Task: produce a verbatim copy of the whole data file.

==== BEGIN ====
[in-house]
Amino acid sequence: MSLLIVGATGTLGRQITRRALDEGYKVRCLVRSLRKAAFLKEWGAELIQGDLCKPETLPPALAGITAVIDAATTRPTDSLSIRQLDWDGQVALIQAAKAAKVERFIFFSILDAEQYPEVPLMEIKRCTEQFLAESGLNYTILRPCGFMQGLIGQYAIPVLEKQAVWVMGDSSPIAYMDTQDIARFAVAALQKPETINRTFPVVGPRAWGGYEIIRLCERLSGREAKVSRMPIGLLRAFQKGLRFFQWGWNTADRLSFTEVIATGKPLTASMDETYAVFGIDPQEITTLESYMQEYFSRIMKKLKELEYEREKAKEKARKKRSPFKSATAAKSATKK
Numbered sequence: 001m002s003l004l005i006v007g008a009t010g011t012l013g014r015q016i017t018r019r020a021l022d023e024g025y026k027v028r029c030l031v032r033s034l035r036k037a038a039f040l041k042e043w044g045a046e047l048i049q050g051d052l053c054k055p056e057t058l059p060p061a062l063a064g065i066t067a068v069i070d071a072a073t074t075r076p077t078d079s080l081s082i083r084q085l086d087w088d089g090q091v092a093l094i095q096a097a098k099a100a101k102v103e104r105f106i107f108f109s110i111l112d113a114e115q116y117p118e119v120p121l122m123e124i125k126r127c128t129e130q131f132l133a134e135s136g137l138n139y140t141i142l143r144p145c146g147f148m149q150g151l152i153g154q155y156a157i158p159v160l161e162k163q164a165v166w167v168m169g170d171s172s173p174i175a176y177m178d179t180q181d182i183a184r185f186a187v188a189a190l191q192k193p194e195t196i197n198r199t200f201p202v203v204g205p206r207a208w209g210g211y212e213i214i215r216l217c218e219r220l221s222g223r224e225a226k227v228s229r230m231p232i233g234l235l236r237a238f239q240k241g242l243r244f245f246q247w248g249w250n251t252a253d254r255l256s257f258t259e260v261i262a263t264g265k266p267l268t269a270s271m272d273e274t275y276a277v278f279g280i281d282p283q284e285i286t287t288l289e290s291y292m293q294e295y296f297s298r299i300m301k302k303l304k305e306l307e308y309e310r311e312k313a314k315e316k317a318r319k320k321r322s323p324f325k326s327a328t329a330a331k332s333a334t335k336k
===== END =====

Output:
[in-house]
Amino acid sequence: MSLLIVGATGTLGRQITRRALDEGYKVRCLVRSLRKAAFLKEWGAELIQGDLCKPETLPPALAGITAVIDAATTRPTDSLSIRQLDWDGQVALIQAAKAAKVERFIFFSILDAEQYPEVPLMEIKRCTEQFLAESGLNYTILRPCGFMQGLIGQYAIPVLEKQAVWVMGDSSPIAYMDTQDIARFAVAALQKPETINRTFPVVGPRAWGGYEIIRLCERLSGREAKVSRMPIGLLRAFQKGLRFFQWGWNTADRLSFTEVIATGKPLTASMDETYAVFGIDPQEITTLESYMQEYFSRIMKKLKELEYEREKAKEKARKKRSPFKSATAAKSATKK
Numbered sequence: 001m002s003l004l005i006v007g008a009t010g011t012l013g014r015q016i017t018r019r020a021l022d023e024g025y026k027v028r029c030l031v032r033s034l035r036k037a038a039f040l041k042e043w044g045a046e047l048i049q050g051d052l053c054k055p056e057t058l059p060p061a062l063a064g065i066t067a068v069i070d071a072a073t074t075r076p077t078d079s080l081s082i083r084q085l086d087w088d089g090q091v092a093l094i095q096a097a098k099a100a101k102v103e104r105f106i107f108f109s110i111l112d113a114e115q116y117p118e119v120p121l122m123e124i125k126r127c128t129e130q131f132l133a134e135s136g137l138n139y140t141i142l143r144p145c146g147f148m149q150g151l152i153g154q155y156a157i158p159v160l161e162k163q164a165v166w167v168m169g170d171s172s173p174i175a176y177m178d179t180q181d182i183a184r185f186a187v188a189a190l191q192k193p194e195t196i197n198r199t200f201p202v203v204g205p206r207a208w209g210g211y212e213i214i215r216l217c218e219r220l221s222g223r224e225a226k227v228s229r230m231p232i233g234l235l236r237a238f239q240k241g242l243r244f245f246q247w248g249w250n251t252a253d254r255l256s257f258t259e260v261i262a263t264g265k266p267l268t269a270s271m272d273e274t275y276a277v278f279g280i281d282p283q284e285i286t287t288l289e290s291y292m293q294e295y296f297s298r299i300m301k302k303l304k305e306l307e308y309e310r311e312k313a314k315e316k317a318r319k320k321r322s323p324f325k326s327a328t329a330a331k332s333a334t335k336k